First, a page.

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23 Model for the Conjoint Analysis It is assumed that the choice between the alternatives is driven by the respondents underlying utility. The respondents indirect utility is broken down into two components. The first component is deterministic, and is a function of the attributes of alternatives, characteristics of the individuals, and a set of unknown parameters, while the second component is an error term. Formally, 1) where the subscript i denotes the respondent, the subscript j denotes the alternative, x is the vector of attributes that vary across alternatives (or across alternatives and individuals), and is an error term that captures individual- and alternative-specific factors that influence utility, but are not observable to the researcher. β is a set of parameters – see next slide. Equation (1) describes the random utility model (RUM).

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24 We can further assume that the deterministic component of utility is a linear function of the attributes of the alternatives and of the respondents residual income, (y - C): 2) where y is income and C is the price of the commodity or the cost of the program to the respondent. The coefficient is the marginal utility of income. Respondents are assumed to choose the alternative in the choice set that results in the highest utility. Because the observed outcome of each choice task is the selection of one out of K alternatives, the appropriate econometric model is a discrete choice model expressing the probability that alternative k is chosen. Formally, 3) where signifies the probability that option k is chosen by individual i.

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25 This is very important!!! This means that 4) from which follows that 5) Equation (5) shows the probability of selecting an alternative no longer contains terms in (2) that are constant across alternatives, such as the intercept and income. It also shows that the probability of selecting k depends on the differences in the levels of the attributes across alternatives, and that the negative of the marginal utility of income is the coefficient on the difference in cost or price across alternatives.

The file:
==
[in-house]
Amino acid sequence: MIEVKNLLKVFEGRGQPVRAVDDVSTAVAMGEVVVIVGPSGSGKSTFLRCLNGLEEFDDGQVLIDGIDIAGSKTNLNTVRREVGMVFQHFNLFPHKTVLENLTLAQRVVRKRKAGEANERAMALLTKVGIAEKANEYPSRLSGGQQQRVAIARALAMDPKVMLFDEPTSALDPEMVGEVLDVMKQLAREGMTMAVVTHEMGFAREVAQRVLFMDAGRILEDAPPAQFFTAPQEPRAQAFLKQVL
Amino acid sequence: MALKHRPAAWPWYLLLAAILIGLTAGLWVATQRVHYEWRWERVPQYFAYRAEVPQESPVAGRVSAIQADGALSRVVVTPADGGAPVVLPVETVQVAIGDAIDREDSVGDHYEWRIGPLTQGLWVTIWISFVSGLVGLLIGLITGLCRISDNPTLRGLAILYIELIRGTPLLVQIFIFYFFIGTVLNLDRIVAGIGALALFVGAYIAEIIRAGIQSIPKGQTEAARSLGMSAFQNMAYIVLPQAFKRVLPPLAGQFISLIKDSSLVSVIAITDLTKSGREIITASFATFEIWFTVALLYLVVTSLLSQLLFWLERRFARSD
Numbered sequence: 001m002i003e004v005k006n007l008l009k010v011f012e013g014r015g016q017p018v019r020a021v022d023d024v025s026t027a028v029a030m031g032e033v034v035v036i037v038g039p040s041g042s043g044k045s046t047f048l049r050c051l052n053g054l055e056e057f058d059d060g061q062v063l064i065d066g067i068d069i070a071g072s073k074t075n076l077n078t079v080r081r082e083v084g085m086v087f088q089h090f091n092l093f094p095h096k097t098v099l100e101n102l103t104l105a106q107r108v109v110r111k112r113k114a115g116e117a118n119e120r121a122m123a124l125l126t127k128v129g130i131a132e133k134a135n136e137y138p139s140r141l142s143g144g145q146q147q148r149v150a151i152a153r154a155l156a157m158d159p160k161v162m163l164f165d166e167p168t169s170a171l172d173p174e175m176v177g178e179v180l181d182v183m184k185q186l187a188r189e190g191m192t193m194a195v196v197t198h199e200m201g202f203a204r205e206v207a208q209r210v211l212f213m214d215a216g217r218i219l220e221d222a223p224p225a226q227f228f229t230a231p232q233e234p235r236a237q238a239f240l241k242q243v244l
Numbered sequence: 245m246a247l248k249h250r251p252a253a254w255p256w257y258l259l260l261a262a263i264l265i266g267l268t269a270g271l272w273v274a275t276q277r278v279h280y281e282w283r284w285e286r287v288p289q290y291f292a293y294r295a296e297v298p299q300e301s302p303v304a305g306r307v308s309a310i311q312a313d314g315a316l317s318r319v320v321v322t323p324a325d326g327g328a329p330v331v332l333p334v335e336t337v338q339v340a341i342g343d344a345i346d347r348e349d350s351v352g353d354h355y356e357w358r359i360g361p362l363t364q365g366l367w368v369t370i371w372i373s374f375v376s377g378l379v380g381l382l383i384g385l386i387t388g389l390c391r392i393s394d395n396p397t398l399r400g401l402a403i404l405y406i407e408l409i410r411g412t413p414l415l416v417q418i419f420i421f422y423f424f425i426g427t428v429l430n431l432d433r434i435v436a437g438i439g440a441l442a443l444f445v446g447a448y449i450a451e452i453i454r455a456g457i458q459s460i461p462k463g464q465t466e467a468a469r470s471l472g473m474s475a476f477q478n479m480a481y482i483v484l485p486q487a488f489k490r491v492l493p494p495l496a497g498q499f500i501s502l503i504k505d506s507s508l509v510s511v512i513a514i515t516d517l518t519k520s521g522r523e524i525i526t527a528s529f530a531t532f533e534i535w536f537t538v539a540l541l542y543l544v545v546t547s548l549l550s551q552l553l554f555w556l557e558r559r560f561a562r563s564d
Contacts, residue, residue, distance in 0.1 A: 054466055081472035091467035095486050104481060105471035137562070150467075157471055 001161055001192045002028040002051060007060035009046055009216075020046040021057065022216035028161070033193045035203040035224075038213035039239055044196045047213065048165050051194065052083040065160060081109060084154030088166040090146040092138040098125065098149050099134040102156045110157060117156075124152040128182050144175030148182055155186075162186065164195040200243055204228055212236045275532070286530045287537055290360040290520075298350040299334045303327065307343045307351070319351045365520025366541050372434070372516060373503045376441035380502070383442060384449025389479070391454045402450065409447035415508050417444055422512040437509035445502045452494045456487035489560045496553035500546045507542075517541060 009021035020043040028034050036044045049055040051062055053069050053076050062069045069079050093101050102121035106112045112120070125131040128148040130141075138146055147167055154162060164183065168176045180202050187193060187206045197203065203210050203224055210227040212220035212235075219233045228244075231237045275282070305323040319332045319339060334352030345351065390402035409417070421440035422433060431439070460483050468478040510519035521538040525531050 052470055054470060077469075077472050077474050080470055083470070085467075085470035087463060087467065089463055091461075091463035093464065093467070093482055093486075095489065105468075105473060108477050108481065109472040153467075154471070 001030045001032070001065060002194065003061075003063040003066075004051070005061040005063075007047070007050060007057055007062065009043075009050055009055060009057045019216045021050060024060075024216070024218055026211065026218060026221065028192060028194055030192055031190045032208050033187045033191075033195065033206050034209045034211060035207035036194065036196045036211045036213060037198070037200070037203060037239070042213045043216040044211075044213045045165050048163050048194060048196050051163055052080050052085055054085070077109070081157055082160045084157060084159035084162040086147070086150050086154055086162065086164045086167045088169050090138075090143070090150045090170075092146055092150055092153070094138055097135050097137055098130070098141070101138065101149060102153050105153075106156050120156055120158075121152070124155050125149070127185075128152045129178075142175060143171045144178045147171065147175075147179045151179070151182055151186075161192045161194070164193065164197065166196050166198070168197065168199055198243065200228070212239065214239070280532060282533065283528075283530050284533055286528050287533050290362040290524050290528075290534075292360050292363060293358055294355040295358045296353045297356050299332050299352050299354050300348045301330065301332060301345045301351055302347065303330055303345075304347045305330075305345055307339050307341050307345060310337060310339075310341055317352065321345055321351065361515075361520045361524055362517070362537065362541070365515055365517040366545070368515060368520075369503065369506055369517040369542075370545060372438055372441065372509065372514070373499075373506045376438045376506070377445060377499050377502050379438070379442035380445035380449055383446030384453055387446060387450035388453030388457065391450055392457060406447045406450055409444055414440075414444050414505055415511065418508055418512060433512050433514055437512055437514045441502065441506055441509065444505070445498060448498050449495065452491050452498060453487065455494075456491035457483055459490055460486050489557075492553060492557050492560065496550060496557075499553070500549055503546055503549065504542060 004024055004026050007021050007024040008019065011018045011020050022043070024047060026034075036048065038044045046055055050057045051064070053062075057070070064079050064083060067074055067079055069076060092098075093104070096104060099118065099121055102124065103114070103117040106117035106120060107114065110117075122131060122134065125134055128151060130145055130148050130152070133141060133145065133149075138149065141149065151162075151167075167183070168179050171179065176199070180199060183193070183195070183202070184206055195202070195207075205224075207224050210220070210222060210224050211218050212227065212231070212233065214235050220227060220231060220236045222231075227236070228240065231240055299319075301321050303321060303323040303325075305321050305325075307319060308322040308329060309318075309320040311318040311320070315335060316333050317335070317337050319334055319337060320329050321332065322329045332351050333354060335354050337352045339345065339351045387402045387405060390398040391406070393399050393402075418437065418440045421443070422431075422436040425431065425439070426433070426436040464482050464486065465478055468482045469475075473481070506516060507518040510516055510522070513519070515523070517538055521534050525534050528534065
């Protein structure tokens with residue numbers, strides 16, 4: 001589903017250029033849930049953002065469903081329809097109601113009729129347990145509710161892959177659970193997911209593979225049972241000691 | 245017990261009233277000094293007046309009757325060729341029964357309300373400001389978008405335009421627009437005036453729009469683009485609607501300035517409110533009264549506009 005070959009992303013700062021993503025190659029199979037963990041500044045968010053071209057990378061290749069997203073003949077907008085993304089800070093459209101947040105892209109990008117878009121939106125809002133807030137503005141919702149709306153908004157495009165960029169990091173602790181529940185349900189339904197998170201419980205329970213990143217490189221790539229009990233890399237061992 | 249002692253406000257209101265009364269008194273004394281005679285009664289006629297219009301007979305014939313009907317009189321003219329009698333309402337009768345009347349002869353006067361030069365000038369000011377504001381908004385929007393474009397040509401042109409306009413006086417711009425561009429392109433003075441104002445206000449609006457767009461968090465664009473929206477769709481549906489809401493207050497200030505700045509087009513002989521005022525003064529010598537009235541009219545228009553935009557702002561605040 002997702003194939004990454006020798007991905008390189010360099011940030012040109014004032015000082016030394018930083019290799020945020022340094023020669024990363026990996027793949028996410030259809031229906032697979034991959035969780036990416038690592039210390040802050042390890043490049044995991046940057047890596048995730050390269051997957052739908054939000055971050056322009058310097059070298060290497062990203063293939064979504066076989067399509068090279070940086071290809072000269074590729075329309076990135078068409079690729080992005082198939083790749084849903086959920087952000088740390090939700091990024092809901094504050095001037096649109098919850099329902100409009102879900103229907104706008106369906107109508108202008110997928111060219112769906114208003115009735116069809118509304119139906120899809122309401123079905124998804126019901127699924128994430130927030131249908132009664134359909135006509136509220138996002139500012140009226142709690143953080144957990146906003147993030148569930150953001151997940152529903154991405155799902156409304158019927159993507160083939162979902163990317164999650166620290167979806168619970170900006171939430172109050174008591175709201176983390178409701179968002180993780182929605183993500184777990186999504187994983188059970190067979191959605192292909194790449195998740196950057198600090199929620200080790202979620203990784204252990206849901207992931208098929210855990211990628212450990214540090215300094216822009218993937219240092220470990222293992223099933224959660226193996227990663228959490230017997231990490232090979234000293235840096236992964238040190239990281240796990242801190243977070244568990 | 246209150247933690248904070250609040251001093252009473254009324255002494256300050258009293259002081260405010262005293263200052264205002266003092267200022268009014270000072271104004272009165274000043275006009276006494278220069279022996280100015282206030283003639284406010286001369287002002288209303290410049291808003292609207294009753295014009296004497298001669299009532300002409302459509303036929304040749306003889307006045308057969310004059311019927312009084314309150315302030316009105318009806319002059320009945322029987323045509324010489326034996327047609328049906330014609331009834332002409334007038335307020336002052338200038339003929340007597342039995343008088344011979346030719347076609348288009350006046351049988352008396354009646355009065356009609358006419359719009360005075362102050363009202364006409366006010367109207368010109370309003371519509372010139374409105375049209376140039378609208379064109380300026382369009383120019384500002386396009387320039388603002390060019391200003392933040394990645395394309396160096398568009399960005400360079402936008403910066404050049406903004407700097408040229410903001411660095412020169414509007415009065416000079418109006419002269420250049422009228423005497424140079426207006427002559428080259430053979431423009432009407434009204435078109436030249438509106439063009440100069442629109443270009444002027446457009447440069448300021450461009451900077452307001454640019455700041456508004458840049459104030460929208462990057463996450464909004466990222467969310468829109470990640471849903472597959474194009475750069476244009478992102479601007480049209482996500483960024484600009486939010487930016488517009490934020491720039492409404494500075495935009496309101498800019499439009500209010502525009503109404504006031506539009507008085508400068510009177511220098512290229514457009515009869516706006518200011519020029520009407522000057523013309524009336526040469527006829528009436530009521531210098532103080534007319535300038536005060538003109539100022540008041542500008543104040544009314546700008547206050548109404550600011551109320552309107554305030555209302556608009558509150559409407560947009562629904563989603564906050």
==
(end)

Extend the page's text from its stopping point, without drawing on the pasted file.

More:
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26 Dataset in LIMDEP 12 obs per respondent because each respondent answers 4 choice questions and each choice question has 3 alternatives (A,B and status quo) Left alternativeRight alternativeStatus quo Status quo is chosen Right alternative is chosen Taxes*castello Castello = dummy =1 if respondent lives in castello nij=3 because in each choice task there are 3 options From Alberini et al 2005 see slide 13

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27 Conditional logit model If the error terms are independent and identically distributed and follow a standard type I extreme value distribution, one can derive a closed-form expression for the probability that respondent i picks alternative k out of K alternatives. Since the cdf of the standard type I extreme value distribution is and its pdf is choosing alternative k means that for all j k, which can be written as. The probability of choosing k is, therefore, 6)for all j k Expression (6) follows from the assumption of independence, and the fact that is an error term and not observed, so that it is must be integrated out of

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28 The product within expression (6) can be re-written as 7) Now write: 8) which allows us to rewrite (6) as 9) where

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29 The integrand in expression (9) is the pdf of the extreme value distribution and is, clearly, equal to 1. Equation (9) thus simplifies to which by (8) is in turn equal to Recalling (2), the probability that respondent i picks alternative k out of K alternatives is 10) whereis the vector of all attributes of alternative j, including cost, and =